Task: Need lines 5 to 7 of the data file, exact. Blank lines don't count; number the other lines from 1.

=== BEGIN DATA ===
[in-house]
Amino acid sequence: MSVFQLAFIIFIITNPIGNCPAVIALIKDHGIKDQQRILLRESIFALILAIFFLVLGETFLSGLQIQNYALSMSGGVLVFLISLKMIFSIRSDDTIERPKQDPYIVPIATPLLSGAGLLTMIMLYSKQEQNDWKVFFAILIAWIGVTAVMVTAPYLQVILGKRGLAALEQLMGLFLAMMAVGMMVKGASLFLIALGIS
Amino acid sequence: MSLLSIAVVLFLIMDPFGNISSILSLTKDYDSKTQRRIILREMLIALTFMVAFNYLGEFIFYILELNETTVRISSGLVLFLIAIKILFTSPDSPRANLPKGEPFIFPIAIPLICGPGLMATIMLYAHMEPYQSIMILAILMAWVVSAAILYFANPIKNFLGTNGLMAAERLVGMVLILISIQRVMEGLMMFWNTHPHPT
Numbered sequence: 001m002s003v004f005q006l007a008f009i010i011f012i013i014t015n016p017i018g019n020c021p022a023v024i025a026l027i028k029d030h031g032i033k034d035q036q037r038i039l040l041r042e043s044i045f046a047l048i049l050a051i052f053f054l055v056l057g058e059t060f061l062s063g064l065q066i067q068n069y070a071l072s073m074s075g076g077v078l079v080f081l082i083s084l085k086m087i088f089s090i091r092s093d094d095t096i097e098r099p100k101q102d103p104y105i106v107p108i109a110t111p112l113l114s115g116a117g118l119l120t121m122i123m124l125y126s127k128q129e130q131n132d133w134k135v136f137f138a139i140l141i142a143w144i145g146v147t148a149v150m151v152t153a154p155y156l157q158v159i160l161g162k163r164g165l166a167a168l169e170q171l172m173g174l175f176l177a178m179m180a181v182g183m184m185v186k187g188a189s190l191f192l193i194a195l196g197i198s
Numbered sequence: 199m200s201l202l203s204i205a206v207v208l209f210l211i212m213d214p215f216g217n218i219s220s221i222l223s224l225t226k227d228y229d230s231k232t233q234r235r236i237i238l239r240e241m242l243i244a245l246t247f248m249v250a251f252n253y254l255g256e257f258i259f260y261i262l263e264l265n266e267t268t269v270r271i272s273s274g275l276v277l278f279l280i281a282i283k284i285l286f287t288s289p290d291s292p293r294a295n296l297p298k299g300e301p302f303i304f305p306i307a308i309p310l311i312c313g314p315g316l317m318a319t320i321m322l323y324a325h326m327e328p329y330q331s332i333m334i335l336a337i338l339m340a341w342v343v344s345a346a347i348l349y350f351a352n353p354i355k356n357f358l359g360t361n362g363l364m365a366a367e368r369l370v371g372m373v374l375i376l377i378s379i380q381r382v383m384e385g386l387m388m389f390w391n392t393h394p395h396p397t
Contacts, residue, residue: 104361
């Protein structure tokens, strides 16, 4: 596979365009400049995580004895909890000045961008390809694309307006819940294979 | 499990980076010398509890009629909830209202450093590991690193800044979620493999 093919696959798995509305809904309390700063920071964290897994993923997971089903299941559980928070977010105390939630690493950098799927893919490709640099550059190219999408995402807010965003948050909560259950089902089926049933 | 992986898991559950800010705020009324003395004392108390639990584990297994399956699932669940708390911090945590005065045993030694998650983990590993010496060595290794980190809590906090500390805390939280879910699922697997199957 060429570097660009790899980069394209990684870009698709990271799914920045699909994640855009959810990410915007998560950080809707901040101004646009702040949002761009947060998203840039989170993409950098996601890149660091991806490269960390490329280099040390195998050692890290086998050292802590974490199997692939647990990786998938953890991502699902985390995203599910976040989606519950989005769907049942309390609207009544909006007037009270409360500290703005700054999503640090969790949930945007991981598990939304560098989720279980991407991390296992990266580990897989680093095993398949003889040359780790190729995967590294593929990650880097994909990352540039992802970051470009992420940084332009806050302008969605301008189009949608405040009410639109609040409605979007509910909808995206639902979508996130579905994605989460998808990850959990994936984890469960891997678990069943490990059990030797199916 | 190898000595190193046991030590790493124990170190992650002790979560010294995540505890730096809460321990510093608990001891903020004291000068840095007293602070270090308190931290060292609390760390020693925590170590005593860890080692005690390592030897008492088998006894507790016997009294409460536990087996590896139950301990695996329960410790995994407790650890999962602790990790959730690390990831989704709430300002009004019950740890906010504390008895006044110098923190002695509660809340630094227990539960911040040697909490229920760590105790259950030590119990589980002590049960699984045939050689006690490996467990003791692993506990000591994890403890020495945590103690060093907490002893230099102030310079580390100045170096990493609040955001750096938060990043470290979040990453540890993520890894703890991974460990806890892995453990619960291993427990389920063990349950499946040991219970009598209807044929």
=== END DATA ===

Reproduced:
Numbered sequence: 199m200s201l202l203s204i205a206v207v208l209f210l211i212m213d214p215f216g217n218i219s220s221i222l223s224l225t226k227d228y229d230s231k232t233q234r235r236i237i238l239r240e241m242l243i244a245l246t247f248m249v250a251f252n253y254l255g256e257f258i259f260y261i262l263e264l265n266e267t268t269v270r271i272s273s274g275l276v277l278f279l280i281a282i283k284i285l286f287t288s289p290d291s292p293r294a295n296l297p298k299g300e301p302f303i304f305p306i307a308i309p310l311i312c313g314p315g316l317m318a319t320i321m322l323y324a325h326m327e328p329y330q331s332i333m334i335l336a337i338l339m340a341w342v343v344s345a346a347i348l349y350f351a352n353p354i355k356n357f358l359g360t361n362g363l364m365a366a367e368r369l370v371g372m373v374l375i376l377i378s379i380q381r382v383m384e385g386l387m388m389f390w391n392t393h394p395h396p397t
Contacts, residue, residue: 104361
């Protein structure tokens, strides 16, 4: 596979365009400049995580004895909890000045961008390809694309307006819940294979 | 499990980076010398509890009629909830209202450093590991690193800044979620493999 093919696959798995509305809904309390700063920071964290897994993923997971089903299941559980928070977010105390939630690493950098799927893919490709640099550059190219999408995402807010965003948050909560259950089902089926049933 | 992986898991559950800010705020009324003395004392108390639990584990297994399956699932669940708390911090945590005065045993030694998650983990590993010496060595290794980190809590906090500390805390939280879910699922697997199957 060429570097660009790899980069394209990684870009698709990271799914920045699909994640855009959810990410915007998560950080809707901040101004646009702040949002761009947060998203840039989170993409950098996601890149660091991806490269960390490329280099040390195998050692890290086998050292802590974490199997692939647990990786998938953890991502699902985390995203599910976040989606519950989005769907049942309390609207009544909006007037009270409360500290703005700054999503640090969790949930945007991981598990939304560098989720279980991407991390296992990266580990897989680093095993398949003889040359780790190729995967590294593929990650880097994909990352540039992802970051470009992420940084332009806050302008969605301008189009949608405040009410639109609040409605979007509910909808995206639902979508996130579905994605989460998808990850959990994936984890469960891997678990069943490990059990030797199916 | 190898000595190193046991030590790493124990170190992650002790979560010294995540505890730096809460321990510093608990001891903020004291000068840095007293602070270090308190931290060292609390760390020693925590170590005593860890080692005690390592030897008492088998006894507790016997009294409460536990087996590896139950301990695996329960410790995994407790650890999962602790990790959730690390990831989704709430300002009004019950740890906010504390008895006044110098923190002695509660809340630094227990539960911040040697909490229920760590105790259950030590119990589980002590049960699984045939050689006690490996467990003791692993506990000591994890403890020495945590103690060093907490002893230099102030310079580390100045170096990493609040955001750096938060990043470290979040990453540890993520890894703890991974460990806890892995453990619960291993427990389920063990349950499946040991219970009598209807044929």